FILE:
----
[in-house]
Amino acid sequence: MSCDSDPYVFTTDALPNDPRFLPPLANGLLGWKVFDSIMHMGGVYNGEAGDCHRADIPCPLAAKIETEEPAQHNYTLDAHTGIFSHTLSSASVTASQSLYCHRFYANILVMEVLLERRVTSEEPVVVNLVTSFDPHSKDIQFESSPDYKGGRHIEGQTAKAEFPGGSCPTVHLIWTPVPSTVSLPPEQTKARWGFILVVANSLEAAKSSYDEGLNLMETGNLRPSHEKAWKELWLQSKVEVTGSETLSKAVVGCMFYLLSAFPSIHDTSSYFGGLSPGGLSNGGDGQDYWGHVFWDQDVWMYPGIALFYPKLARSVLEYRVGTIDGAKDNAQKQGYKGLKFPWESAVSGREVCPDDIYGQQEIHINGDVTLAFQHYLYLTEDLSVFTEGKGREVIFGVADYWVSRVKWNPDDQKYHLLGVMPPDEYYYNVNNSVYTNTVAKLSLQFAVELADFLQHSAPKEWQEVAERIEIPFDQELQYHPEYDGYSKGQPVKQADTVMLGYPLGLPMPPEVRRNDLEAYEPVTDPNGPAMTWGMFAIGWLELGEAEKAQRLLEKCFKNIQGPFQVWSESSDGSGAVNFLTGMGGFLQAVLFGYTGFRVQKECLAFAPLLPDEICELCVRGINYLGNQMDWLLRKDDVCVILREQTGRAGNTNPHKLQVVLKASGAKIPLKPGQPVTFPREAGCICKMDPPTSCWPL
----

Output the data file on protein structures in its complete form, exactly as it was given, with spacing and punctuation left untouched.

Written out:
[in-house]
Amino acid sequence: MSCDSDPYVFTTDALPNDPRFLPPLANGLLGWKVFDSIMHMGGVYNGEAGDCHRADIPCPLAAKIETEEPAQHNYTLDAHTGIFSHTLSSASVTASQSLYCHRFYANILVMEVLLERRVTSEEPVVVNLVTSFDPHSKDIQFESSPDYKGGRHIEGQTAKAEFPGGSCPTVHLIWTPVPSTVSLPPEQTKARWGFILVVANSLEAAKSSYDEGLNLMETGNLRPSHEKAWKELWLQSKVEVTGSETLSKAVVGCMFYLLSAFPSIHDTSSYFGGLSPGGLSNGGDGQDYWGHVFWDQDVWMYPGIALFYPKLARSVLEYRVGTIDGAKDNAQKQGYKGLKFPWESAVSGREVCPDDIYGQQEIHINGDVTLAFQHYLYLTEDLSVFTEGKGREVIFGVADYWVSRVKWNPDDQKYHLLGVMPPDEYYYNVNNSVYTNTVAKLSLQFAVELADFLQHSAPKEWQEVAERIEIPFDQELQYHPEYDGYSKGQPVKQADTVMLGYPLGLPMPPEVRRNDLEAYEPVTDPNGPAMTWGMFAIGWLELGEAEKAQRLLEKCFKNIQGPFQVWSESSDGSGAVNFLTGMGGFLQAVLFGYTGFRVQKECLAFAPLLPDEICELCVRGINYLGNQMDWLLRKDDVCVILREQTGRAGNTNPHKLQVVLKASGAKIPLKPGQPVTFPREAGCICKMDPPTSCWPL